1. From a mating between two normal winged drosophila, 27 dumpy winged and 79 normal winged offspring were produced.
i. What is the nature of the dumpy winged gene?
ii. What were the parental genotypes?
2. In a cross between a dumpy winged fly and one of the parents in the previous question, how many normal winged flies would be expected among 120 offspring?
3. Albinism, the inability to synthesize chlorophyll, is a recessive character in a number of green plant species. If a tobacco plant known to be heterozygous for albinism is self-pollinated and 600 of its seeds are subsequently germinated, how many seedlings would be expected to be albino? And how many would be expected to have the parental genotype?
4. A man and his wife can both taste phenylthiourea. They have four children, two of whom are unable to taste. What are the parental genotypes?
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1. Mating two normal winged drosophila resulted to 27 dumpy- (n) and 79 normal-winged (N) offsprings. Approximately, we have 3/4 N and 1/4 n. This means that normal-winged is a dominant phenotype -dumpy-wingedness is recessive. This offspring ratio can only arise if both parents are heterozygous normal - their genotype is Nn. (Note Nn x Nn results to NN, Nn, Nn, nn - 3/4 normal, 1/4 dumpy)
2. Crossing a dumpy winged and a drosophila from number 1 means getting the offspring from the cross: Nn x nn. This results to Nn, Nn, nn, nn. Since normal is dominant, we have 50% normal and 50% dumpy. Hence, from 120 offsprings, we expect approximately 60 offsprings will be normal.
3. A heterozygous albino tobacco plant would have a phenotype of Nn (N being normal, n being albino). The cross we're concerned with is Nn x Nn. The results from this cross are NN, Nn, Nn, nn. Only 1/4 or 25% are albino, and 50% would have the parental genotype (Nn). (Note that 75% would have the parental phenotype - normal). Hence, from 600 offsprings we expect that approximately 150 will be albino and 300 will have the parental genotype, Nn.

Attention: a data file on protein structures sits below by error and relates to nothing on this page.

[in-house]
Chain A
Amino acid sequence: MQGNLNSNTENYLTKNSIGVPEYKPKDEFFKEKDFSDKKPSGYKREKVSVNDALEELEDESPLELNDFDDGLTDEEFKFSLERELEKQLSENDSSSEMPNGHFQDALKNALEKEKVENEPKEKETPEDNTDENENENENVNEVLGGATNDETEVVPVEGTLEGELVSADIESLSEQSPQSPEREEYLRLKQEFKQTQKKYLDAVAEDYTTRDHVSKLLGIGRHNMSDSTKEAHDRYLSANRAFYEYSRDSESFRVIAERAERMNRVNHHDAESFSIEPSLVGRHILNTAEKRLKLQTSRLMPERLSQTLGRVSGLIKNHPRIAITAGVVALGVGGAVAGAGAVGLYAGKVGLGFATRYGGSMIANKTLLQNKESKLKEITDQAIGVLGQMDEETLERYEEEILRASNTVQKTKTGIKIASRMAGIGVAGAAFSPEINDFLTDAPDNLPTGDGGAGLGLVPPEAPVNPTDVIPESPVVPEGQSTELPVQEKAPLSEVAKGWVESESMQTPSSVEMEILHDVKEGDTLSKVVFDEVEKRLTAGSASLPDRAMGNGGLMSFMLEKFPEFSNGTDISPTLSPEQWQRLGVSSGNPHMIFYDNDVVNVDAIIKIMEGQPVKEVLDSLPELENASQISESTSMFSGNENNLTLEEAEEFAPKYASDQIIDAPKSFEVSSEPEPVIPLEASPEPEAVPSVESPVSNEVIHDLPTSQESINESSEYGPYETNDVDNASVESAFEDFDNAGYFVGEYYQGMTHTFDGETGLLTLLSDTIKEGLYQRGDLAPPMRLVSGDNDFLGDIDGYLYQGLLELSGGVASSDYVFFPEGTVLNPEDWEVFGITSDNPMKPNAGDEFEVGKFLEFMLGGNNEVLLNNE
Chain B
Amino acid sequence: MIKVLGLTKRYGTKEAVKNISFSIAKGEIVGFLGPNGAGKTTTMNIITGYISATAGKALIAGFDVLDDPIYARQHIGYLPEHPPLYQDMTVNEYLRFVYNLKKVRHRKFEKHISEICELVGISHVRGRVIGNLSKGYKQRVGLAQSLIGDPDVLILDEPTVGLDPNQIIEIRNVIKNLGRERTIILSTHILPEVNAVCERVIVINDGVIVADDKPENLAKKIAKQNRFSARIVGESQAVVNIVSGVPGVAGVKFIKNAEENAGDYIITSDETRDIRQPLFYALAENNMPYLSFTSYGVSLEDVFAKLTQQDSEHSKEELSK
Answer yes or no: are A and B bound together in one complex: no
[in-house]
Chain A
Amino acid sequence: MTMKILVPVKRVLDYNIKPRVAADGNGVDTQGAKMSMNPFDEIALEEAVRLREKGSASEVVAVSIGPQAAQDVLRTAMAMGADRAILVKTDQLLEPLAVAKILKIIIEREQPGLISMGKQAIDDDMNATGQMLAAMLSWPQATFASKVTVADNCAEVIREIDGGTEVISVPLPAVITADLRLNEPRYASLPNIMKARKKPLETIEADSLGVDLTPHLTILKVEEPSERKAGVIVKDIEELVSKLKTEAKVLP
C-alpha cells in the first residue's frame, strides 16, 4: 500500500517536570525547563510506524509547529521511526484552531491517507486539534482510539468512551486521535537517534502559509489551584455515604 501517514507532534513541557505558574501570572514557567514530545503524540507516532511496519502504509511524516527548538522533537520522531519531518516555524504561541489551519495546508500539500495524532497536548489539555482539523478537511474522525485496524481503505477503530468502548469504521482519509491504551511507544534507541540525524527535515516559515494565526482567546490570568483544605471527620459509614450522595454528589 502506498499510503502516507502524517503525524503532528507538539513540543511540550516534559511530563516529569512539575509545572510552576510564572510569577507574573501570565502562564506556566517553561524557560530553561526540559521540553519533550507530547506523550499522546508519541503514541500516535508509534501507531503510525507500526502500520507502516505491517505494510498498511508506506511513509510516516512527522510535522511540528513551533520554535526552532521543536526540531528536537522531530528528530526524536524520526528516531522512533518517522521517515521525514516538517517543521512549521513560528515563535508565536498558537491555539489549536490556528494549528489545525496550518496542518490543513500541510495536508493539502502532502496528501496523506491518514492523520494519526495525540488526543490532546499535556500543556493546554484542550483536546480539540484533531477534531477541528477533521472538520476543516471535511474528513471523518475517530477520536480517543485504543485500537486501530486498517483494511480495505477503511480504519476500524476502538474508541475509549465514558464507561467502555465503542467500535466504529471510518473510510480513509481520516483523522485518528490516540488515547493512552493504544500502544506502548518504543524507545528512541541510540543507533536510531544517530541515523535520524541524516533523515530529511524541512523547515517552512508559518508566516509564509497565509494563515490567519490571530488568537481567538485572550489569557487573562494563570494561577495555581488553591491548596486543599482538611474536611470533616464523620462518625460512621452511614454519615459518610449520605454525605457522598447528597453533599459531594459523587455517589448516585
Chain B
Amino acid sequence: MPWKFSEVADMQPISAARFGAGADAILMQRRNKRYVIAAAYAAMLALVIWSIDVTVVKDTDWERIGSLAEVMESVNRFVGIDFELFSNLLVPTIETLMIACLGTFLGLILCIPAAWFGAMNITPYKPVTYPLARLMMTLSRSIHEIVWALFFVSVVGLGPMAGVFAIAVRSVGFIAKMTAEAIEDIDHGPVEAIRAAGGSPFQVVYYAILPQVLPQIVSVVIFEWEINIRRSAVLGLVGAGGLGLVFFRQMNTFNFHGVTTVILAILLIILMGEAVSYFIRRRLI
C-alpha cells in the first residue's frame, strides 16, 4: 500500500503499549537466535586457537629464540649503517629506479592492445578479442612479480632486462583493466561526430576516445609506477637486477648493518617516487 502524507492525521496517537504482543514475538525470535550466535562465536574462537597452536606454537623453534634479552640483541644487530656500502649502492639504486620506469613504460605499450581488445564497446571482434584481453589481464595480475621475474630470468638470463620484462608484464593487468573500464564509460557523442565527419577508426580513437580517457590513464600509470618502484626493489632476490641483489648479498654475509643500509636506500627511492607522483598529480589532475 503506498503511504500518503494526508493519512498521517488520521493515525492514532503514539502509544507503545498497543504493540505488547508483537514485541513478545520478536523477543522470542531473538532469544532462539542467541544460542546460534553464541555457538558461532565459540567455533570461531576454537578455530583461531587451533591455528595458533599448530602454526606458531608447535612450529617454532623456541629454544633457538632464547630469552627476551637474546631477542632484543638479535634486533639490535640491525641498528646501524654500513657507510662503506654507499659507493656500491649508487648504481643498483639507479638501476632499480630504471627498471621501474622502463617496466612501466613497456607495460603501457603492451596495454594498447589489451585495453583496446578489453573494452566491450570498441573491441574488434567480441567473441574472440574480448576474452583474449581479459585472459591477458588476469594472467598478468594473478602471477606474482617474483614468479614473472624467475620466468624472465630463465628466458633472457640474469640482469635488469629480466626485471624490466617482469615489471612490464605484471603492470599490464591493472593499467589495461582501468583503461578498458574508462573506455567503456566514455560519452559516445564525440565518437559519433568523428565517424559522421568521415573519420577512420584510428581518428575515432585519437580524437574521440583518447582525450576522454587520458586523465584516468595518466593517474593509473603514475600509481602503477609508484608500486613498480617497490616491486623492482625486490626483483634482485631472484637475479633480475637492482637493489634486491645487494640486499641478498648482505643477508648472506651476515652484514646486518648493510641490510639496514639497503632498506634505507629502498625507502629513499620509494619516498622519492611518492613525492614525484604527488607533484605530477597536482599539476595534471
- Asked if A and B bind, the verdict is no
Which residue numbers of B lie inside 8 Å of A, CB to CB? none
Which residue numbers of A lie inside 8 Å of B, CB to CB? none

4. The ability to taste phenylthiourea is a dominant trait. (Let P be the ability to taste it, p for not having the ability). We know that 50% of the children have the pp genotype. This can only happen if the couple are both heterozygous dominant (Pp). (Note: if either the mom or the dad is homozygous dominant PP, the offsprings would be PP, PP, Pp and pp - hence only one would not be able to have the ability to taste). [You can read up on the third source if you're interested on this]
Note that we are assuming Mendellian Inheritance. You can also use the punnet square to try to make sense of the cross and the 'counting' of the offpsrings. All these are referenced below.
In the answer when you said, 'We know that 50% of the children have the pp genotype. This can only happen if the couple are both heterozygous dominant (Pp).'
With taster being dorminant, I dnt think there would be 50% taster and 50% non-taster. Crossing Pp x Pp results in 75% taster and 25% non-taster then PP x Pp would result in all offspring being tasters.
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